Roda framework logo image

Recently I started experimenting with the Roda framework to build web applications but as there are not many tutorials, or blog posts in general, about Roda, I thought I’d share my experiences here. Over the coming weeks I’ll be writing a number of articles on using Roda but rather than having to duplicate lots of setup code I think it’ll be easier to have a base app to work from. So, in the next two articles I’ll be building an extremely simple blog using Roda, Postgres, and the Sequel ORM. For this first part we’ll deliver static content, leaving User accounts and posts for part two.

For those who want to follow along, my system is Mac OSX 10.9, along with the following software versions;

  • Ruby 2.2.2
  • Postgres 9.4
  • Roda 2.2.0
  • Sequel 4.21.0

Your application may not work if you use a different version of Roda than what I specify here, but for the rest, you shouldn’t encounter any issues if your versions are a little older/newer.

Installation of Ruby and Postgres is left as an exercise for the reader.

Installing Roda

This is actually the simplest part of the whole procedure as Roda is just a regular GEM. We are however going to be using Bundler for our gem management so first you’ll want to install that, followed by Roda;

$ gem install bundler
$ gem install roda

Creating a New App

Unfortunately there are currently no site generators in Roda like there is in Ruby on Rails (rails new myapp). This means we’ll have to generate our application directory and file structure by hand. Here’s the outline that we’ll be using for our simple blog;

- myapp/
  - models/
  - public/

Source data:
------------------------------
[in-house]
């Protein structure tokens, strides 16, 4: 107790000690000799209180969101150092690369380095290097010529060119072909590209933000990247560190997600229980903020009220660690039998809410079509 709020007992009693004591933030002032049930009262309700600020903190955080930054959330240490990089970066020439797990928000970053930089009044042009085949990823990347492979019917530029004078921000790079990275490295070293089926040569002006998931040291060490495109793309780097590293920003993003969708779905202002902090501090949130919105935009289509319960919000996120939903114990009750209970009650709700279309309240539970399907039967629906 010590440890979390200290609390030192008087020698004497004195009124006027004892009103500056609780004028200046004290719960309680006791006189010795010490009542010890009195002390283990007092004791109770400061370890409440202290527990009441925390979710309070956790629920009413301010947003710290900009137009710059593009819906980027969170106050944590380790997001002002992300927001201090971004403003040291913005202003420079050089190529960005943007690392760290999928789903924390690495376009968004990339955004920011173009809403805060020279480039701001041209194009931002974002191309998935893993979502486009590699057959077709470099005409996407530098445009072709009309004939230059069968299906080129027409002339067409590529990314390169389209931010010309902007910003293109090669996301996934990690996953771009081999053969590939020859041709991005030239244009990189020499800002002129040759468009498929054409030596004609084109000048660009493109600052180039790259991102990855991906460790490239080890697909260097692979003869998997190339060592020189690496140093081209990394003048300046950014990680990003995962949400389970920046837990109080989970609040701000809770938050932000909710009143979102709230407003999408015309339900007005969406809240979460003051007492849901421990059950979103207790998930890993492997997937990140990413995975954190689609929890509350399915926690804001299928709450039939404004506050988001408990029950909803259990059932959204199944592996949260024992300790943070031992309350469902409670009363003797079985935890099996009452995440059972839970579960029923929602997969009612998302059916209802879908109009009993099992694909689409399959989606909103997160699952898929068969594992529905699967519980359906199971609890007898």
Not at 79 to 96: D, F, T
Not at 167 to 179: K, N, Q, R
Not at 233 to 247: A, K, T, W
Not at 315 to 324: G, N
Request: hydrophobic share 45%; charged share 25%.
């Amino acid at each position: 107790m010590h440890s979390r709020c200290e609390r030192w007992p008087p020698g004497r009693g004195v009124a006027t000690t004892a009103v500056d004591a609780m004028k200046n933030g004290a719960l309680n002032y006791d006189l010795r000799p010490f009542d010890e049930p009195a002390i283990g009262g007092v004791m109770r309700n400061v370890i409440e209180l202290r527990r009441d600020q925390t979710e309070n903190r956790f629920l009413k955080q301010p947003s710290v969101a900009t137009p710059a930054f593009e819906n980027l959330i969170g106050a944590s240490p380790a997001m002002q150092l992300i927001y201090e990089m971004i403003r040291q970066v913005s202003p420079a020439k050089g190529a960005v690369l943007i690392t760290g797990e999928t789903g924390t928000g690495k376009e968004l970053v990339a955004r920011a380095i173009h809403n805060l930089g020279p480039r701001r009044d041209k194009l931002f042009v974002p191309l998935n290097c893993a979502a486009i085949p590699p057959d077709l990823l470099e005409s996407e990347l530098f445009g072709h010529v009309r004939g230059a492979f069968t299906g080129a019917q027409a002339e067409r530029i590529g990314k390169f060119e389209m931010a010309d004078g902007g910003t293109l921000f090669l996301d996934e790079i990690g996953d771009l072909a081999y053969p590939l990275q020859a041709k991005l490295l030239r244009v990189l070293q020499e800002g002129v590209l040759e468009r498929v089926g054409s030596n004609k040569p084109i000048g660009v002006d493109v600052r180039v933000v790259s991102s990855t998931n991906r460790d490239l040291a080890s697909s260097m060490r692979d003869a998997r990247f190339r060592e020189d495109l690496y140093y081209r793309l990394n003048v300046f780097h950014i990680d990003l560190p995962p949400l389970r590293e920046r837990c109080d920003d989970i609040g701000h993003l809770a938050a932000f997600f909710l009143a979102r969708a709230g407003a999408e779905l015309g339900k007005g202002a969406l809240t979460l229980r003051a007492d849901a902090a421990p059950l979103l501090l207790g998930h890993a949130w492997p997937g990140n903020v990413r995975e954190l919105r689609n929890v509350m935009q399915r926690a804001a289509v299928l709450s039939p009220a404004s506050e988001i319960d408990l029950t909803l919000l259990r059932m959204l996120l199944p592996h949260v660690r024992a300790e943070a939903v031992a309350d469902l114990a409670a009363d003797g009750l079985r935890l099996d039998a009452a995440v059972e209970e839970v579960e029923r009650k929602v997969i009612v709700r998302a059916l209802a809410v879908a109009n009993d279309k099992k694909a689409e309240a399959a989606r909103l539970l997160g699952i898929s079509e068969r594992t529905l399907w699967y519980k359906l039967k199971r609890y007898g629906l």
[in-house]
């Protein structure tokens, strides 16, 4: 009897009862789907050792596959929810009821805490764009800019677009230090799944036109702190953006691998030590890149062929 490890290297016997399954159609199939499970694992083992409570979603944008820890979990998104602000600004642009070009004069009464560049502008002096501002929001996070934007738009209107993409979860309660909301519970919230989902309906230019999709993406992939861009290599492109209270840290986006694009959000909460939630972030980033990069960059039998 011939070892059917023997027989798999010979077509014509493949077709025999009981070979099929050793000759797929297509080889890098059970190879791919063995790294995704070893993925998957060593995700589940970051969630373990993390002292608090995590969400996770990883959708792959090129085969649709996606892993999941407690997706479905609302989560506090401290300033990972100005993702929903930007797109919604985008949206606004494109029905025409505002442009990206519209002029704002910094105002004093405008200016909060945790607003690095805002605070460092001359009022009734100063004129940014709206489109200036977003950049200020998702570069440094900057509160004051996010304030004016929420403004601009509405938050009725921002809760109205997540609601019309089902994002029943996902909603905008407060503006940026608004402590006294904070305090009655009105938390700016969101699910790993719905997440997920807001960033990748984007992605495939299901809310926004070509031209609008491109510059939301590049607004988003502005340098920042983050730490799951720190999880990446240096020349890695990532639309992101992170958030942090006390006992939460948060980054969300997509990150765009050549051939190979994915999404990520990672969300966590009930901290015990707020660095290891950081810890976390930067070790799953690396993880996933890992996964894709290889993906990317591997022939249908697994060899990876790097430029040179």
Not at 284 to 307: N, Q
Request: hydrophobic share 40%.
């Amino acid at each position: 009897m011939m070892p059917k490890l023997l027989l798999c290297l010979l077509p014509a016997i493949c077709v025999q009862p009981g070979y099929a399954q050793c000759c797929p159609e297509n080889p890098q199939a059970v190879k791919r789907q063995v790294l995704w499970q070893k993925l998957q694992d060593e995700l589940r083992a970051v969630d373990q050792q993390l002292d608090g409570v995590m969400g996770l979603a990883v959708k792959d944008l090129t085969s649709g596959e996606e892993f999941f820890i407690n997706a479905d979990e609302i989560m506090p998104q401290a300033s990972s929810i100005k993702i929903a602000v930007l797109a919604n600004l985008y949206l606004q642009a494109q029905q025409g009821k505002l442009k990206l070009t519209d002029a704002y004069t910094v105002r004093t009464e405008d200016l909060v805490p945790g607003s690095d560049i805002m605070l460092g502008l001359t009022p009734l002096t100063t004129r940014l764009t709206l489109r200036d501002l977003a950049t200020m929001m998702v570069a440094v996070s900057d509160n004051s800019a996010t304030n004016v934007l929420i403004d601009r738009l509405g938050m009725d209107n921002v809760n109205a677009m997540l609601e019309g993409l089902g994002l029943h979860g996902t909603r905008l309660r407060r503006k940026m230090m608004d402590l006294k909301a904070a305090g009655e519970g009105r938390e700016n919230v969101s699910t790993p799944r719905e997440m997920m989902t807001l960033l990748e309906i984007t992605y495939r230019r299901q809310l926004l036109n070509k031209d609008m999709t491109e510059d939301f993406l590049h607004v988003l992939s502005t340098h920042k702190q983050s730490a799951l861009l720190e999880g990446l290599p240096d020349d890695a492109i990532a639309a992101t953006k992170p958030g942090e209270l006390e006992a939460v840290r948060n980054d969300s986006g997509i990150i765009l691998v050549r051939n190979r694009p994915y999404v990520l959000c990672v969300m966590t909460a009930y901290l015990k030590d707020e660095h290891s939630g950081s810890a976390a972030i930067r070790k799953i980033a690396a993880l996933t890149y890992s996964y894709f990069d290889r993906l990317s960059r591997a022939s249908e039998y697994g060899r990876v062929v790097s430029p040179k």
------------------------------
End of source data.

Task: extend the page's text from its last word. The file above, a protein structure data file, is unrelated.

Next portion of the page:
- views/
  - Gemfile
  - myapp.rb
  - models.rb

Go ahead, create the base app directory;

$ mkdir ~/myapp
$ cd ~/myapp

I always like to use Bundler for the gem management so we’ll need to create a Gemfile in which we’ll specify the basic gems requirements for delivering static content;

# ./Gemfile
source ""

gem "roda", "~> 2.1.0"
gem "tilt", "~> 2.0.1"
gem "erubis", "~> 2.7.0"

Remember to run bundle install now, and each time you make a change to this file.

At present we have just three dependencies; the first is Roda itself, but we’re also including tilt and erubis so that we can use ERB templates in all our views.

Like all Ruby web frameworks, Roda is built on top of Rack, so we’re going to need a so that when we start the server (with rackup), our application will be loaded;

# ./
require File.expand_path("../myapp",  __FILE__)

The final part of our setup procedure is to create the main application class and inherit from Roda;

# ./myapp.rb
require "roda"

class Myapp < Roda
  route do |r|
    r.root do

Inside our class we use Roda’s route, which is where we define all the routing for our website. For the moment I’ve just set root to show a simple welcome message. Let’s boot up our application to make sure everything is working as expected;

$ rackup

Check the output of that command to make sure you use the correct port when viewing the site in your web browser. Mine says, WEBrick::HTTPServer#start: pid=46685 port=9292. Open your web browser and type in the url; localhost:9292. If all is well you should see the message: Hello!

Layouts and View Templates

Now that everything is setup and working, it’s time to start fleshing out the application. Like the good developer we are, we’re going to want to make use of templates so as to make sure we’re using standard styling across all pages. We’ll create a layout template using Ruby’s built in ERB, along with using Twitter’s Bootstrap framework so we get all their styling goodness for free.

All “views” will be placed in a views directory, while additional CSS/JS and images should go in a directory labelled public;

$ mkdir ~/myapp/public
$ mkdir ~/myapp/public/css
$ mkdir ~/myapp/public/images
$ mkdir ~/myapp/public/js

$ mkdir ~/myapp/views